Olives tolerate soils of varying chemical quality. Trees produce well on moderately acid (pH greater than 5) or moderately basic (pH less than 8.5) soils.  Basic (alkaline) or sodic soils should be avoided since their poor structure prevents water penetration and drainage, creating saturated soil conditions that kill olive roots and impede the balance of nutrient uptake.

Potential Damage Vectors

Factors to consider or be aware of, among others:

  • run-off / draining issues
  • deer, wild pigs, pocket gophers, cutter ants, etc.
  • Deer will eat your trees. Hogs will decimate your orchard. Plan on budgeting for fencing to safeguard your investment.
Tree Selection

This goes back to your overall vision and goals. After you have carefully considered your direction, you can plan for tree selections. We receive a lot of questions regarding which varieties to plant. Our best recommendation is to talk to your local farm advisor, to an olive tree nursery, to local or regional Texas growers, or to a consultant. Better yet, take the time to talk to all of the above. This is an important decision and you want to accumulate as much information as possible before making a commitment.

Water & Soil

Prior to planting, the soil should be tested for at least sodium, magnesium, calcium, potassium, and pH. If there are questions about the history of the soil, if existing vegetation shows odd symptoms and poor growth, or if other soils in the area have shown toxic levels of excess minor nutrients, more tests may be indicated.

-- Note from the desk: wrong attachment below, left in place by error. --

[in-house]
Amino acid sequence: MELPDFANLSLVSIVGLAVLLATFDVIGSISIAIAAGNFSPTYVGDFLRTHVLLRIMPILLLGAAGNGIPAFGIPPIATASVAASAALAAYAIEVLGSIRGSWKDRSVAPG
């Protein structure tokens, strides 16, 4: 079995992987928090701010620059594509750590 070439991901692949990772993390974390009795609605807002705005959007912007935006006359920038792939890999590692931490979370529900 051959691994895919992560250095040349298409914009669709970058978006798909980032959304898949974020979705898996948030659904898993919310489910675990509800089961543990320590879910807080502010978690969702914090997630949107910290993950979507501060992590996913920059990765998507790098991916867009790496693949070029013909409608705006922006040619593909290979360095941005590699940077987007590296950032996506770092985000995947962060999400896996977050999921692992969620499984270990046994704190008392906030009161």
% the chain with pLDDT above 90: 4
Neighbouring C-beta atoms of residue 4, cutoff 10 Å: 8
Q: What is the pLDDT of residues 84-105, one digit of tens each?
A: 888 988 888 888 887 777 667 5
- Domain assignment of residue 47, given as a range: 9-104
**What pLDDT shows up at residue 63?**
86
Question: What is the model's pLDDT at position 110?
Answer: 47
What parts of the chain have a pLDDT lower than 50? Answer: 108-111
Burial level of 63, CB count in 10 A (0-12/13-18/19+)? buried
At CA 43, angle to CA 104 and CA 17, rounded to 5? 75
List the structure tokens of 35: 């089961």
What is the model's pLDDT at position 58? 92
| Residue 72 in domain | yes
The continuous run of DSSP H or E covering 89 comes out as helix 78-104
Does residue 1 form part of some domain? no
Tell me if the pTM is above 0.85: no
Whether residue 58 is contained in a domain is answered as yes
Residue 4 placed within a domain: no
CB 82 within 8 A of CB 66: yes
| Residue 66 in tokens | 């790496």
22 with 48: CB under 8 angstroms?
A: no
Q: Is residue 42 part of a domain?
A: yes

The pH tolerance of olives is quite large, ranging from about 5 to 8.5. Ideally, it would be adjusted to approximately 6.5, but such adjustments may or may not be cost effective.

Soils high in boron (Bo), sodium (Na), or chloride should be avoided. Toxic levels of boron, sodium, or other minor elements are not common. Do not rely on home soil testing kits. We like to use Texas Plant & Soil Lab.  You can also contact your local county extension agent for a lab recommendation and for a nonbiased evaluation of your soil test results. In general, most soil labs will be able to advise you on which tests to run if you tell them what you want to grow and where your land is. Make sure they use OLIVES as the benchmark.

Although many olive trees are drought tolerant, it is a living thing and still needs water. Plan and budget for irrigation. Mother Nature has been abundant the last couple of years; however, Texas just came off of a drought cycle. In fact, some parts of Texas are still being affected by the drought. Supplemental irrigation during the growing season will satisfy the trees’ water requirement if Mother Nature is not providing water in abundance.

Outside of Our Experience Additional Sources

Paul M. Vossen: Organic Olive Production Manual, University of California.

G. Steven Sibbett and Louise Ferguson: Olive Production Manual, University of California.



shop our trees

Texas Mobile Mill is a full service, mobile, olive processing unit with the capacity to crush 2 tons of olives per hour. Olives pressed on-site means better quality olive oil because the fruit is milled immediately after picking and by an experienced and seasoned miller.  Ready to mill?  Contact Texas Mobile Mill now!